Forums and levels

18 March 2010

I regularly participate in online forums, and I definitely spend way too much time in Google Help Forums. These are questions-and-answers forums for all Google services, so plenty of new questions are posted every day.

Across the forums, the participating members are given a certain level in recognition of their participation. This level is determined mostly by the number of replies one posts, and how much others find the answers helpful. It used to be the case that there were 4 levels, but recently Google introduced a change to the forum members’ levels, and there are now 20. Google probably felt that a greater differentiation of members’ contribution was required and desirable.

Unfortunately, this has led some forum participants to engage in a scramble for more posts, thereby securing higher levels. The quality of answers deteriorated in a number of cases, and even completely irrelevant in some. Why do people do that? Why do they want to achieve higher levels?

It’s impossible to examine and explain why someone does something completely, however it’s probably safe to say that we all want recognition, and be higher up in the social ranks. We live in a society in which individuals are constantly ranked. It can be, for example, marital status. For some people, being married confers a higher social rank than unmarried people. Or, to give another example, it can be a profession. Middle managers may not be ranked as highly as doctors. There are numerous measurements and ranks in most societies, we all are at different levels depending on what the scales are.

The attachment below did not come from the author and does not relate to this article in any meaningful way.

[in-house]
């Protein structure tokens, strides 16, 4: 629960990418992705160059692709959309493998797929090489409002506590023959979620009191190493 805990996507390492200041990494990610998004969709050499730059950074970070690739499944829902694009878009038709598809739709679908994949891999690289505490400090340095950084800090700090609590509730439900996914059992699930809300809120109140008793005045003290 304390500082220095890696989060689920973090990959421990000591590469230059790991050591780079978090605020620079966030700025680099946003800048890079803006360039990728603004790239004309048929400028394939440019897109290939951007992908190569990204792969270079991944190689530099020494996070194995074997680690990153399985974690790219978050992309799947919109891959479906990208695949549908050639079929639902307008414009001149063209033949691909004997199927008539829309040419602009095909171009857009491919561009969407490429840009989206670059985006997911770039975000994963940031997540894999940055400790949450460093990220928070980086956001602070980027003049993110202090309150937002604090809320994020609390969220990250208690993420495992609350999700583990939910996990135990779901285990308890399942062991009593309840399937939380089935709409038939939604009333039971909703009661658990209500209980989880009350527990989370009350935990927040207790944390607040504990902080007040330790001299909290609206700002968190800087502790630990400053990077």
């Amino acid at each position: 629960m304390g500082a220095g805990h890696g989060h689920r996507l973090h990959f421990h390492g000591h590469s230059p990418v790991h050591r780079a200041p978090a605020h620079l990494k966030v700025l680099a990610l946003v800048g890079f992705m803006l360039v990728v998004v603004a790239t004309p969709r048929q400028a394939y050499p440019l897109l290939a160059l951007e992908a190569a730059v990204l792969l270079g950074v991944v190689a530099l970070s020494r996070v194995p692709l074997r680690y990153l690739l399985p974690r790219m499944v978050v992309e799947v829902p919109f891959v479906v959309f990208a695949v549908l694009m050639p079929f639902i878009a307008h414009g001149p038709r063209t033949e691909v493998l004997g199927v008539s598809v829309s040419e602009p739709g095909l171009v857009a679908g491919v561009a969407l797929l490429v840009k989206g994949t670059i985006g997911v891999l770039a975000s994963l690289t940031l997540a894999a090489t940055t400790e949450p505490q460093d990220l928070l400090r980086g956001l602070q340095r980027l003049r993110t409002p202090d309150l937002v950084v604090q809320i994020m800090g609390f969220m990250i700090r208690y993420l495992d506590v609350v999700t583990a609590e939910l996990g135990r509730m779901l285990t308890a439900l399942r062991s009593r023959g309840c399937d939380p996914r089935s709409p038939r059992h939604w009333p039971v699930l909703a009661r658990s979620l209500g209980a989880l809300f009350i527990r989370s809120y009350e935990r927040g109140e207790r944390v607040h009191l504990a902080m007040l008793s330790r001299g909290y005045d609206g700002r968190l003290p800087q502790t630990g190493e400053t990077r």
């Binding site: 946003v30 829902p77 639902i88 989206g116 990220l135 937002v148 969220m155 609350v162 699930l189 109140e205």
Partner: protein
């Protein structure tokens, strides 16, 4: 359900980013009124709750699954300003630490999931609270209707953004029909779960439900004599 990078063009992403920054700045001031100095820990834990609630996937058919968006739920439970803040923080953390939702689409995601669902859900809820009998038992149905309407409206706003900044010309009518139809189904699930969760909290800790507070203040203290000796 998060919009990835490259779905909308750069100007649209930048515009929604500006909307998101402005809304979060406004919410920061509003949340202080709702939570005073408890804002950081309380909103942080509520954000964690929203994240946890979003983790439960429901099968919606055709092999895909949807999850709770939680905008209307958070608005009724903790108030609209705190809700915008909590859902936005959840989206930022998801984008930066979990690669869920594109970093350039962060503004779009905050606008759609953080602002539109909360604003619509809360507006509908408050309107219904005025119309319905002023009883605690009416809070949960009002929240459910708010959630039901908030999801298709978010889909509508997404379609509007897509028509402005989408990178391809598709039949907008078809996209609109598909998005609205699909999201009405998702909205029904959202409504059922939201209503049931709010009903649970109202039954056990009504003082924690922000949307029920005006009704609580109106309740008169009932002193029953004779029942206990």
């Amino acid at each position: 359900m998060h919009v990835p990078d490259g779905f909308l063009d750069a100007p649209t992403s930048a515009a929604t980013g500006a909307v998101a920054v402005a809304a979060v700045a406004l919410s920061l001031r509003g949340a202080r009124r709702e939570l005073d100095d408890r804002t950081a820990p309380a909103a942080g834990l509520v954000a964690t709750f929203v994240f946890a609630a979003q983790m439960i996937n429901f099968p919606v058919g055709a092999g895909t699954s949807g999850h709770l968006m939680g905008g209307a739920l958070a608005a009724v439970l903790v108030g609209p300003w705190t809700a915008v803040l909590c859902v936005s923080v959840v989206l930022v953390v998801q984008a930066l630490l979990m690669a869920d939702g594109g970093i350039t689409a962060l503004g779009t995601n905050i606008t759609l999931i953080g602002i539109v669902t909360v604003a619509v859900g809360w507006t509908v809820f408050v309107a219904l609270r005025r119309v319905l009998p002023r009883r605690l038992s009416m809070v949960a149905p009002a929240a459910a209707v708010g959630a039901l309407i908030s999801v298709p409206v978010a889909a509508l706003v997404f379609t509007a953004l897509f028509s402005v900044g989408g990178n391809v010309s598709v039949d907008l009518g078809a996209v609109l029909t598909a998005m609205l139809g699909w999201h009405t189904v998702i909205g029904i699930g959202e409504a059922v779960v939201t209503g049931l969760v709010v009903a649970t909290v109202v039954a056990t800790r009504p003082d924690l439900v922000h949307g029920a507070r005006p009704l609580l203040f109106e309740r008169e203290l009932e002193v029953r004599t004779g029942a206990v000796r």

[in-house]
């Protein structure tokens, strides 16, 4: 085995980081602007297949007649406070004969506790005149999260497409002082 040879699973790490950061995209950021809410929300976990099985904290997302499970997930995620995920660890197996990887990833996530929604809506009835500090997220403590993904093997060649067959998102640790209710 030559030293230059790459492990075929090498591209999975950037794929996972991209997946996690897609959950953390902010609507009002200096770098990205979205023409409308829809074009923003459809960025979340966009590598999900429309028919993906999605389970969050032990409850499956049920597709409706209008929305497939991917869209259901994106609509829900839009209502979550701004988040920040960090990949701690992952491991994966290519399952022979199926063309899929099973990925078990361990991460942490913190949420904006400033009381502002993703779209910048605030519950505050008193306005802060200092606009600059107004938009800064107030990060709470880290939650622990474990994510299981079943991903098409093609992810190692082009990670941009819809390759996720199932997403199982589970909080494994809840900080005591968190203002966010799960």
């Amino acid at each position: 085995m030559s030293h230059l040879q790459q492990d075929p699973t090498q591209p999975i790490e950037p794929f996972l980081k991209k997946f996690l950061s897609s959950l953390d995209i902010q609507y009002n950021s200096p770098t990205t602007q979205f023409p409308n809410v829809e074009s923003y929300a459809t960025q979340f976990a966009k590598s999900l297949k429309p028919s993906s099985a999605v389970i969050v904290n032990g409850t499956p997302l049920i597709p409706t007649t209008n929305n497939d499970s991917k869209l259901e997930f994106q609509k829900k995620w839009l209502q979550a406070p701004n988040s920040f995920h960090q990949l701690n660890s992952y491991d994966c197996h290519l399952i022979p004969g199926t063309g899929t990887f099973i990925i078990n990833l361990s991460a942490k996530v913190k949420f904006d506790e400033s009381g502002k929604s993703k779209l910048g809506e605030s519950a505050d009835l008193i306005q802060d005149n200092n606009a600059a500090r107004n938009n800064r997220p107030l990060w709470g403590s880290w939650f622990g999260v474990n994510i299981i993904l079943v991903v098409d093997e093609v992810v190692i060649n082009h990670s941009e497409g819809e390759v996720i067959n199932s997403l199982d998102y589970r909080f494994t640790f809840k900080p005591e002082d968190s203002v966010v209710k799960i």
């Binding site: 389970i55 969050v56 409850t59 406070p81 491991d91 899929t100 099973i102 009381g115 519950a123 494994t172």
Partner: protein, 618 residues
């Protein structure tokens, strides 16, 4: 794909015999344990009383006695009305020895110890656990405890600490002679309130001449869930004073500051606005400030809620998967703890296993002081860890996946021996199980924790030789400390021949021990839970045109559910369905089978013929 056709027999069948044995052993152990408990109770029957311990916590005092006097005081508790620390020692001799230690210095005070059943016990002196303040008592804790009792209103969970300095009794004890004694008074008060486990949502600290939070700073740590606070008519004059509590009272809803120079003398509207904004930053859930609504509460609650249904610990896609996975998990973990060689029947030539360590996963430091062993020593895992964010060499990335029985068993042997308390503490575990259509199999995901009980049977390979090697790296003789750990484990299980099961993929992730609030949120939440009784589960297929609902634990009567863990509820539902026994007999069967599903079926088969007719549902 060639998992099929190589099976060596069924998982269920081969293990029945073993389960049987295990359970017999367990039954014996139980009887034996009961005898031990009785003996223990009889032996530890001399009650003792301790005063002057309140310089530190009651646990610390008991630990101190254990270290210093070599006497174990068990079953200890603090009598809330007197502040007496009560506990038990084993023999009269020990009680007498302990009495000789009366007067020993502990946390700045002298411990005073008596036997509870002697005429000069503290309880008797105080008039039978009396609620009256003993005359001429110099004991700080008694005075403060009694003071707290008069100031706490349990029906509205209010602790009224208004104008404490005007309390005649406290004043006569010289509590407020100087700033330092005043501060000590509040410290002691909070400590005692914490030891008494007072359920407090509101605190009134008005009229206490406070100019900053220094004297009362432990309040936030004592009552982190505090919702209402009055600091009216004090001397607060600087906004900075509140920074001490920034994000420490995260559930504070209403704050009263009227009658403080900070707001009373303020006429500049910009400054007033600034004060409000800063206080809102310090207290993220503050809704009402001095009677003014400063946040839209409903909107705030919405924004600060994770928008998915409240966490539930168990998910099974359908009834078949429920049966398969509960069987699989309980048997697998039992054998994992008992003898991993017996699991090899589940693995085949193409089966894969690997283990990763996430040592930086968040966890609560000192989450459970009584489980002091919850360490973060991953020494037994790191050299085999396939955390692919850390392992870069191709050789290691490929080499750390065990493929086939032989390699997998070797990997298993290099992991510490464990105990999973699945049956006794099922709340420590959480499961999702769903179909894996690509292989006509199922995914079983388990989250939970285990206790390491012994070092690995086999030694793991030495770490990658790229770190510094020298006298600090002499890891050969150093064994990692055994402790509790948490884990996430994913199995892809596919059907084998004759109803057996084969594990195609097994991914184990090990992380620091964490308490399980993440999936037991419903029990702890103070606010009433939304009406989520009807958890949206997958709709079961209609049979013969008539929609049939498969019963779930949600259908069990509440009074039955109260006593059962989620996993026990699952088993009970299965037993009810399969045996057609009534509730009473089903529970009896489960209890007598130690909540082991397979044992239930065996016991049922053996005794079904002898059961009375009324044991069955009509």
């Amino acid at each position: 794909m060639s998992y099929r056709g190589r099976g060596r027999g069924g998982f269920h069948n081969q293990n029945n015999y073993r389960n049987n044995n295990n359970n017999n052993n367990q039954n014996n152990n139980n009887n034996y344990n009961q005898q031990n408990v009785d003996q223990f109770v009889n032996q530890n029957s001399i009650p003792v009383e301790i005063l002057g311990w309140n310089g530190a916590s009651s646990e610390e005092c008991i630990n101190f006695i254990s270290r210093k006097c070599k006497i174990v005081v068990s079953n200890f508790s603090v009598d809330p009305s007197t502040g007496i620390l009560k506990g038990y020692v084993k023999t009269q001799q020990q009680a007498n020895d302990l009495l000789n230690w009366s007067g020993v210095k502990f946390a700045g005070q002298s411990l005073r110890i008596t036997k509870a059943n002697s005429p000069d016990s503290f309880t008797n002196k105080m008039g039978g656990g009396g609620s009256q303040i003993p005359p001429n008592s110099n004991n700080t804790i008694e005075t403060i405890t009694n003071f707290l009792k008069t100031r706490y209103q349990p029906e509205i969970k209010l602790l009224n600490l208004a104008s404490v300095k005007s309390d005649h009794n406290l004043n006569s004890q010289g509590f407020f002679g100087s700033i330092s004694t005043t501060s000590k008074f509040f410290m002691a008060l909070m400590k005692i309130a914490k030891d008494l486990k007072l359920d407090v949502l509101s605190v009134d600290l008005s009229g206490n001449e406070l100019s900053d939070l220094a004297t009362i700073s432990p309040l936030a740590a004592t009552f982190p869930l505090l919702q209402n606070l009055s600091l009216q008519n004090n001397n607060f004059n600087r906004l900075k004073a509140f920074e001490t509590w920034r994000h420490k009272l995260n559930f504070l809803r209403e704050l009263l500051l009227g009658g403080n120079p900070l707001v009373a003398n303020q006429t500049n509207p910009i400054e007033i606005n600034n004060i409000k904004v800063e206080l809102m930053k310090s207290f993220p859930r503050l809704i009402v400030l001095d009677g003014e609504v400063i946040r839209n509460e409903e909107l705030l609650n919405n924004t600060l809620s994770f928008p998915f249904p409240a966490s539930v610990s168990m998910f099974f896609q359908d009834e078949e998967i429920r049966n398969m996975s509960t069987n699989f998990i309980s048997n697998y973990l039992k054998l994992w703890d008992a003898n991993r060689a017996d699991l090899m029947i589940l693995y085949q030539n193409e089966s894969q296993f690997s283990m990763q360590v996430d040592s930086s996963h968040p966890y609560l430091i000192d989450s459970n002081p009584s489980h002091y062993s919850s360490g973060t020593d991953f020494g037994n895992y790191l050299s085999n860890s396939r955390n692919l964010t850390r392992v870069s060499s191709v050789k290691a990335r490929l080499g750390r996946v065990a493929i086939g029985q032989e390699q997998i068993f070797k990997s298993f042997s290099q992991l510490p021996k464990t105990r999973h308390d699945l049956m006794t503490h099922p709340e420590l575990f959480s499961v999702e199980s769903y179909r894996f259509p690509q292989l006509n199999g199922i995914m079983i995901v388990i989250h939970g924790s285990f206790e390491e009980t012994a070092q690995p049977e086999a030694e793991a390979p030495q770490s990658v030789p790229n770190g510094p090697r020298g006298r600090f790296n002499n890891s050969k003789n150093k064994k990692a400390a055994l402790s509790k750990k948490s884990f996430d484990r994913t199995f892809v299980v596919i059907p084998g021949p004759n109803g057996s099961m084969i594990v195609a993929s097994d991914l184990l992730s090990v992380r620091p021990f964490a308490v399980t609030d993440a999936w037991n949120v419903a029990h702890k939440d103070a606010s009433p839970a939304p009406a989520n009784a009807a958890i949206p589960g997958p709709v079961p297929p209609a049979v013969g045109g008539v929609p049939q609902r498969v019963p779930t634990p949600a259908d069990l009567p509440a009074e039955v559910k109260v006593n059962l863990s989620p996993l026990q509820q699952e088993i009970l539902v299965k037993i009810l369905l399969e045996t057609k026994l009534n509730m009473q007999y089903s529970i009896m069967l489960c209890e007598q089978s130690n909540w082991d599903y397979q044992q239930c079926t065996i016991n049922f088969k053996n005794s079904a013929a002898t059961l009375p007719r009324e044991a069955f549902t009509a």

While it’s probably in human nature to crave for a higher status everywhere, in this case in forums, but it seems very odd that people can it so seriously. It is a type of social recognition limited to the peculiar context of forums. The levels probably mean nothing to most people. Saying I’m Level 8 in Blogger Help Forum is highly unlikely to mean anything to most people, and boasting about it will make me look sad and weird. It’s similar to people telling me that they have achieved a certain level in some sort of video or online game, which I have no idea about.

Recognition should be due to those who help, but does it have to be a numerical level? I wonder.